Abyssinia is not just food; it’s like a little village. The night I dined there, the owner made her rounds to every table. CNN could be heard in the background as family and friends of the owner conversed in their native language.
The aroma of garlic, paprika, and onions of the Ethiopian cuisine that greeted me at the door were reintroduced to my taste buds. And, the taste it delivered was like no other. However, if you’re weary of spicy foods then be aware that the beef cubes are a little spicy.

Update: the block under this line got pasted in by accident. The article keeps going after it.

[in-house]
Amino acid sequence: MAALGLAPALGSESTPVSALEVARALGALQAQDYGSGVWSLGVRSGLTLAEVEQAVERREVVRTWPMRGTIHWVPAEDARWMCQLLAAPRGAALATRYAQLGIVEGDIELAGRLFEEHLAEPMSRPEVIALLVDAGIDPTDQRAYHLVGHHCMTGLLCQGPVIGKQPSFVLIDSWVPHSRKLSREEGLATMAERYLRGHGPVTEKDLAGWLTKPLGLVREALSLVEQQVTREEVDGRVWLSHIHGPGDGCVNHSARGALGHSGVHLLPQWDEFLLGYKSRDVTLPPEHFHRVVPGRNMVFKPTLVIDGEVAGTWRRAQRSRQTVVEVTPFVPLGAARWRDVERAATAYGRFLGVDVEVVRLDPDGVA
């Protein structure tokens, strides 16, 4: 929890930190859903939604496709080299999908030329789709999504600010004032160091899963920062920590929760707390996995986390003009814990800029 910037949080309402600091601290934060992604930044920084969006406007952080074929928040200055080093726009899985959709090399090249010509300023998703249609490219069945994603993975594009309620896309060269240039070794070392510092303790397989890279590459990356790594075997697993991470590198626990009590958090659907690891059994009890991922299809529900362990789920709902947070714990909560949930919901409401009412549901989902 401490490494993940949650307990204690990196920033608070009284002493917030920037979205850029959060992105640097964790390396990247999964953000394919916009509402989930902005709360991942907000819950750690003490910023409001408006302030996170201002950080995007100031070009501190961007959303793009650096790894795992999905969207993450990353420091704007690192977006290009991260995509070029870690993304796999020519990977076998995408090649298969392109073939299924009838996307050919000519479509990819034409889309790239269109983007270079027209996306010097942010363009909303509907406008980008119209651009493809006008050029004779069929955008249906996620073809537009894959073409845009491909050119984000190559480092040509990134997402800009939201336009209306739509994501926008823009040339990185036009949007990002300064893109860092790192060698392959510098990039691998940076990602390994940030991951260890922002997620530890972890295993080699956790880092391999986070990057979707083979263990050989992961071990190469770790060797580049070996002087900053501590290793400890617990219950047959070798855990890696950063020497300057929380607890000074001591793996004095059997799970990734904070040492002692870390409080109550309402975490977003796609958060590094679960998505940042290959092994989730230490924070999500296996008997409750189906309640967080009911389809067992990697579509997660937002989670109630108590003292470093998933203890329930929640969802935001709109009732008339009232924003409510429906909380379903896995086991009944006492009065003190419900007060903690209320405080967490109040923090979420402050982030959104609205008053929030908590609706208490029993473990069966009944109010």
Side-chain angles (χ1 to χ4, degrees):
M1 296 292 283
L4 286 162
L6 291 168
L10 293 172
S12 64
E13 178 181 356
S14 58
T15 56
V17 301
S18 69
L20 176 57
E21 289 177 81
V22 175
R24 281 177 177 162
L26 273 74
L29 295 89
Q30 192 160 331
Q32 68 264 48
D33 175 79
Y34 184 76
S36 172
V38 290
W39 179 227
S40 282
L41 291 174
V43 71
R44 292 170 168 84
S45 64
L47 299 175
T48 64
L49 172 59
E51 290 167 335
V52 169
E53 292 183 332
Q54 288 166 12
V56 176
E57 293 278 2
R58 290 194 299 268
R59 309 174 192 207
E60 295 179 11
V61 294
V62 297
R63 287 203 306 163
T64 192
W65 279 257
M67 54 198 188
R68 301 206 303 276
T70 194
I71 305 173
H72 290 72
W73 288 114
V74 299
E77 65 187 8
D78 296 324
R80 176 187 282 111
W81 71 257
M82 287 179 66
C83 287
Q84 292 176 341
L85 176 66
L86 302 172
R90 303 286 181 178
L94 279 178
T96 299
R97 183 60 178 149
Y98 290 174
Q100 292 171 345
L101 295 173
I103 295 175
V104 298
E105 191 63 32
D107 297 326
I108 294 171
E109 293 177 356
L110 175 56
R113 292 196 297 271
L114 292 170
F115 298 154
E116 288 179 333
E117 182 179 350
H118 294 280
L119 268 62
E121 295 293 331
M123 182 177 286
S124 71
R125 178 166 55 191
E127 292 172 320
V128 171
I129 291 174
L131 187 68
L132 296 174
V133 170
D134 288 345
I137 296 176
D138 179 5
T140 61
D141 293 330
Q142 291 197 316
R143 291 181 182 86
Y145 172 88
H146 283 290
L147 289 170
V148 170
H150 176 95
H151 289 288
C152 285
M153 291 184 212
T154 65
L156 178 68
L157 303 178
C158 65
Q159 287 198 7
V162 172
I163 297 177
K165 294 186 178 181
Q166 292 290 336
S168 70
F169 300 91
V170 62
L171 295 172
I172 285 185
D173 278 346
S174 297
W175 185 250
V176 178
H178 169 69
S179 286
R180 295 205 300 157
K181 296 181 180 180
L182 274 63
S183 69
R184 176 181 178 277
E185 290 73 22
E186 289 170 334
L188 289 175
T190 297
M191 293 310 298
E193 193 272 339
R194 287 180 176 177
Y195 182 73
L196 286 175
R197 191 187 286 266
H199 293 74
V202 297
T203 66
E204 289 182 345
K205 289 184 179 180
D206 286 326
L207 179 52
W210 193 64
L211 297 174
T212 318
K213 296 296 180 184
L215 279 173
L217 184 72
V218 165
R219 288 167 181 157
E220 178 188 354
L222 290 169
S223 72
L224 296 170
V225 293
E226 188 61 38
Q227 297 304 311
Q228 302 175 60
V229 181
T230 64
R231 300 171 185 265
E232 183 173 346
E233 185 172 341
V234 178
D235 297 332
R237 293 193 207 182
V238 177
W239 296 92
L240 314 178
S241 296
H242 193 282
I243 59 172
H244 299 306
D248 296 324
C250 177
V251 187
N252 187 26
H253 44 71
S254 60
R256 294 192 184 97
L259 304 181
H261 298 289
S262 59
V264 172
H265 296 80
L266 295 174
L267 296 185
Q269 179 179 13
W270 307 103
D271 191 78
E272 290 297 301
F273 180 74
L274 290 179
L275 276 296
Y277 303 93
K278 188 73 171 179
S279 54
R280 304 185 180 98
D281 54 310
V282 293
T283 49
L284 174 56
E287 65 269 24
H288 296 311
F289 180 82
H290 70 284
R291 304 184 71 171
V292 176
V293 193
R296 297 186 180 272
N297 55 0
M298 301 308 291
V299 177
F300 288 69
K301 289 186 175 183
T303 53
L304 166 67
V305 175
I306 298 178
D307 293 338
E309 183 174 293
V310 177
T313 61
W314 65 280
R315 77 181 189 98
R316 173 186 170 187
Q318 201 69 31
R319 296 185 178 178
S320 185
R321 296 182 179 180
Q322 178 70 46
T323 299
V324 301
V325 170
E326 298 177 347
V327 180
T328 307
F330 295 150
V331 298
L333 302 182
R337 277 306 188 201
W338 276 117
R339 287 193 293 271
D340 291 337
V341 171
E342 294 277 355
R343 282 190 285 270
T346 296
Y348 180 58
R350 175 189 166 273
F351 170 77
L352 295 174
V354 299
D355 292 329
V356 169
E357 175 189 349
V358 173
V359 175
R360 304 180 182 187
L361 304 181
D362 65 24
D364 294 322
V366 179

I ordered Yefesekbeyaynet, which is the beef and chicken stew combination. Ethiopian stew (wot) is thick and seasoned with various peppers and spices. Servings of homemade cottage cheese, greens, and cabbage also adorned the plate.
I tore pieces of Ethiopian injera and picked up the yedoro key wot. Injera is a sponge sourdough like bread that doubles as silverware, and yedoro key wot is chicken stew.
The menu at Abyssinia also features steak, lamb, tilapia, tuna, goat, and vegetarian options.
Dining at Abyssinia was delicious and a good cultural experience.
Abyssinia Restaurant is open Monday - Saturday: 11 a.m. - 10 p.m. You can catch their lunch buffet from 11 a.m. — 2:30 p.m.